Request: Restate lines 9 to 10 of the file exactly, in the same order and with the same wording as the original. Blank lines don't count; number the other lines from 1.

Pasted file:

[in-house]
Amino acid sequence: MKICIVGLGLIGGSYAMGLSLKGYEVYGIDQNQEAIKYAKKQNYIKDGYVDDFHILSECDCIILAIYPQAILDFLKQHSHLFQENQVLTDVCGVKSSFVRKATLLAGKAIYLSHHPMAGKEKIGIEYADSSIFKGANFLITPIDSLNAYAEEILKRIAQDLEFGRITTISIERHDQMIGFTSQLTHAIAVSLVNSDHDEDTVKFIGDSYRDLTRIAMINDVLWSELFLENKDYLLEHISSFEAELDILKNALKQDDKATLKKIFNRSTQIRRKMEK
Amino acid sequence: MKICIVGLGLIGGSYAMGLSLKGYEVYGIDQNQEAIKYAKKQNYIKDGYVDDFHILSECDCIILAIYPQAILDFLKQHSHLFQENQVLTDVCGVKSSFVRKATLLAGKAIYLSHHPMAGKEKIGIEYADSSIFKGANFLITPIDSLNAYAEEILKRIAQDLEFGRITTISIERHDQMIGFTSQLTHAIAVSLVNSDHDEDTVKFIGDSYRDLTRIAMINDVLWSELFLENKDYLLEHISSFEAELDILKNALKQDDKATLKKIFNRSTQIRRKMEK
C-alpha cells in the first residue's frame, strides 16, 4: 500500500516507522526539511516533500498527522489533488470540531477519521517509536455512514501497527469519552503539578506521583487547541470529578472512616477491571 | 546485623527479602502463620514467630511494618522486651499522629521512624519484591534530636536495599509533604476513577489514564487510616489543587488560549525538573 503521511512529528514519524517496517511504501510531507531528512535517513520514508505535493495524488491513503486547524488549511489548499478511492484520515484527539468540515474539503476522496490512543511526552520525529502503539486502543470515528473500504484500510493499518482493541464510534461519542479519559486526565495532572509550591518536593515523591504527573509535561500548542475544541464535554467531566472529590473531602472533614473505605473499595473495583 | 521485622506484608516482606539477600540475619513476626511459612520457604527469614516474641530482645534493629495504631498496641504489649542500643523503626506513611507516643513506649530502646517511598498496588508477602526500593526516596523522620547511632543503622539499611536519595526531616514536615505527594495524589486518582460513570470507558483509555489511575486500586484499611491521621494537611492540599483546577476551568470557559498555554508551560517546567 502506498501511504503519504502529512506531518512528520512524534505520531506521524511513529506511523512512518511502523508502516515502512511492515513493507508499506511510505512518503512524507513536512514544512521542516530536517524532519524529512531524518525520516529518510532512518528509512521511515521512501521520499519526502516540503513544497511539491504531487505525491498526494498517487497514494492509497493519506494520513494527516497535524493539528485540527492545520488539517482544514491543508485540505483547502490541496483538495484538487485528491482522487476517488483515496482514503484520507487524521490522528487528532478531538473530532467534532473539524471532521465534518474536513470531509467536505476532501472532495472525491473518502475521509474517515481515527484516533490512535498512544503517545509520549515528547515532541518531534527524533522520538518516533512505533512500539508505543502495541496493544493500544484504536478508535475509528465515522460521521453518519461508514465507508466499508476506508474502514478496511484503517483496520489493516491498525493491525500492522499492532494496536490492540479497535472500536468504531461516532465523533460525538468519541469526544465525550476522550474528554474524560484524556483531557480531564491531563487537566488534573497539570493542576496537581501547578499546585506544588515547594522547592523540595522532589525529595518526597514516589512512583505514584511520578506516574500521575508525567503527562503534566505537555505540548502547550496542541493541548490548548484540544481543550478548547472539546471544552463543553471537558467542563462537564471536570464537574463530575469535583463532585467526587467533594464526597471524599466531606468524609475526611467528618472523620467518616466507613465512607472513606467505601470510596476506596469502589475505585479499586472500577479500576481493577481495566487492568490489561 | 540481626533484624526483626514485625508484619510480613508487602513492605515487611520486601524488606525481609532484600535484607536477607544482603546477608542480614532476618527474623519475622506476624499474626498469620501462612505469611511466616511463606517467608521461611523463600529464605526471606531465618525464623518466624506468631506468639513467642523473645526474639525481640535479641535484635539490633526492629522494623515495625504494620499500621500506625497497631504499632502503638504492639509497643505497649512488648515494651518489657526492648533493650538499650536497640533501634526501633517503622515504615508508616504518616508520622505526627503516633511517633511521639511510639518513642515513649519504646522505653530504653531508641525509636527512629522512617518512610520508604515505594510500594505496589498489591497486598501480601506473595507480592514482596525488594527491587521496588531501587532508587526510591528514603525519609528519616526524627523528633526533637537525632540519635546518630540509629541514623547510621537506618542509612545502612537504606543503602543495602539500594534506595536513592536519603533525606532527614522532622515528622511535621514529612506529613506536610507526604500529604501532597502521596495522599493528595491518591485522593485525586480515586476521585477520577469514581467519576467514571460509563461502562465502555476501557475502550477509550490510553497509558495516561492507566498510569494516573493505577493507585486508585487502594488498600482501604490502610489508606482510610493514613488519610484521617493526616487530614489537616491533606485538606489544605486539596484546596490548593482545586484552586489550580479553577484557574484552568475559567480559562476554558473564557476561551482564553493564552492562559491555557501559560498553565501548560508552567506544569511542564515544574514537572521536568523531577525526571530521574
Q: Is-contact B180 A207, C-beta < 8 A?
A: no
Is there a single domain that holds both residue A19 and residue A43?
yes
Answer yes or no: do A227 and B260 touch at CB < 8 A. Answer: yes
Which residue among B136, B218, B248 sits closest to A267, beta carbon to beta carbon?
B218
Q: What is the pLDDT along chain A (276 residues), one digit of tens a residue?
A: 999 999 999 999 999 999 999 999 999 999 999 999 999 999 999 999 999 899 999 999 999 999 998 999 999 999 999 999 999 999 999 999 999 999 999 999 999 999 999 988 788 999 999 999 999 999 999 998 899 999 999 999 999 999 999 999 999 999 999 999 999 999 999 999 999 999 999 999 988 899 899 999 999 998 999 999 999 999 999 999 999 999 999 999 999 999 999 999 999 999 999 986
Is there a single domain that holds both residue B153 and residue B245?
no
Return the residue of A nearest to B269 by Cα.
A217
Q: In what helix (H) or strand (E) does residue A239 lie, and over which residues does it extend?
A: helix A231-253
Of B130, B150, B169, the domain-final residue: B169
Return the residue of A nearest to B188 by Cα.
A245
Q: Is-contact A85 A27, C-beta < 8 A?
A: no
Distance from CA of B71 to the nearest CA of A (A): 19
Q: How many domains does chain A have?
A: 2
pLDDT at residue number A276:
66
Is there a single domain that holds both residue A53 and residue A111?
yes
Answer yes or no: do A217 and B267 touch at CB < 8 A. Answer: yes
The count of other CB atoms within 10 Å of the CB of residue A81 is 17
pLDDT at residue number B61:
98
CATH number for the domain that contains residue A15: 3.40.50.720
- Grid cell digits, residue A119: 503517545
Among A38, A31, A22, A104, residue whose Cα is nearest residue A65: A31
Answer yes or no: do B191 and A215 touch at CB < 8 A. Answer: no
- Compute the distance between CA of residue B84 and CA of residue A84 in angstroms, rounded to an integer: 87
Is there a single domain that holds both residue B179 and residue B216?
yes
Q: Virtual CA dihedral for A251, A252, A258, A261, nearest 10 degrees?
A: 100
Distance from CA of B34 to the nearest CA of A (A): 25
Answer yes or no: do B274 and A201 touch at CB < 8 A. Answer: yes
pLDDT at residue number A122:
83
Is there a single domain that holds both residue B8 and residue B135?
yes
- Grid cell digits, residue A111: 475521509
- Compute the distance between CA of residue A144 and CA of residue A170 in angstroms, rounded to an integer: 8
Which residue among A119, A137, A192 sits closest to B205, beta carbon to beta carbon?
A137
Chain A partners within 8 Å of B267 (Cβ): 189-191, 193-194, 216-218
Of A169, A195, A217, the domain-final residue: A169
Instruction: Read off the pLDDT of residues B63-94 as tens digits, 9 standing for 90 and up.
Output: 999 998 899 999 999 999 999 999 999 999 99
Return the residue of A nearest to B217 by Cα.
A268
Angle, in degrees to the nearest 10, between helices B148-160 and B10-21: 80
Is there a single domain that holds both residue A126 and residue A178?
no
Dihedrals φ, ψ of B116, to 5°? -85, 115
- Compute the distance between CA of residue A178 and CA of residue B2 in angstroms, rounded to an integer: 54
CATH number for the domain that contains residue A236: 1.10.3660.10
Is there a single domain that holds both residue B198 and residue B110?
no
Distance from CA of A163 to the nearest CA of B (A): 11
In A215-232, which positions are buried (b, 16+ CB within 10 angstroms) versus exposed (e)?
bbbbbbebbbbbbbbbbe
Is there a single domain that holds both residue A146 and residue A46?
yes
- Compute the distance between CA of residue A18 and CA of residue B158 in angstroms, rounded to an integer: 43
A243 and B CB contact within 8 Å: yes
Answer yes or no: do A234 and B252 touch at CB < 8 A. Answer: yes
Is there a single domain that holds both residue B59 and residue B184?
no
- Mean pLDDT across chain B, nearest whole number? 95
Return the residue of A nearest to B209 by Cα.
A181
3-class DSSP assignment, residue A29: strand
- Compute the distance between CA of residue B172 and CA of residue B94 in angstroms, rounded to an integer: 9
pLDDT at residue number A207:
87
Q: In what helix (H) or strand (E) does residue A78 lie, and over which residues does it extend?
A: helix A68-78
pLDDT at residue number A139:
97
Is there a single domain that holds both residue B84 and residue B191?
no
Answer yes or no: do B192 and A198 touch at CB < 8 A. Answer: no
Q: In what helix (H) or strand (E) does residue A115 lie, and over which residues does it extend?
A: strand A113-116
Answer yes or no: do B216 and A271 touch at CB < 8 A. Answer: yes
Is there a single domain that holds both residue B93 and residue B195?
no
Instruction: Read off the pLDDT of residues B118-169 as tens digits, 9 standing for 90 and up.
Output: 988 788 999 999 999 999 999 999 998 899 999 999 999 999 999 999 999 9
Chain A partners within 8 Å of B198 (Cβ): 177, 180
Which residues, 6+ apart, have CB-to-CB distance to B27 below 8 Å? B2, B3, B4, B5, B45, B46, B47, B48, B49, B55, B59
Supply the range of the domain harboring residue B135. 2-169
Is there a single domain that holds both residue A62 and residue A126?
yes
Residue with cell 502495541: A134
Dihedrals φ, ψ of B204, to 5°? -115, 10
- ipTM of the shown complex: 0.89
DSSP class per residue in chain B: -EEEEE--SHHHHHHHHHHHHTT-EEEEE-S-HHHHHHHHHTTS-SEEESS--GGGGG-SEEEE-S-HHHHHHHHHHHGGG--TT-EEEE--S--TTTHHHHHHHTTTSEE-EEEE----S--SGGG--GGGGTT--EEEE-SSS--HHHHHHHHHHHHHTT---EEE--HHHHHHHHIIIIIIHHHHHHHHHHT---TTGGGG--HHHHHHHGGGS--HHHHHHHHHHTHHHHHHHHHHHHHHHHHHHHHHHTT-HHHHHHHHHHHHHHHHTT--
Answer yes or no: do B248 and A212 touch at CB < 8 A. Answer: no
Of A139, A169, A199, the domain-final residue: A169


Answer yes or no: do A227 and B260 touch at CB < 8 A. Answer: yes
Which residue among B136, B218, B248 sits closest to A267, beta carbon to beta carbon?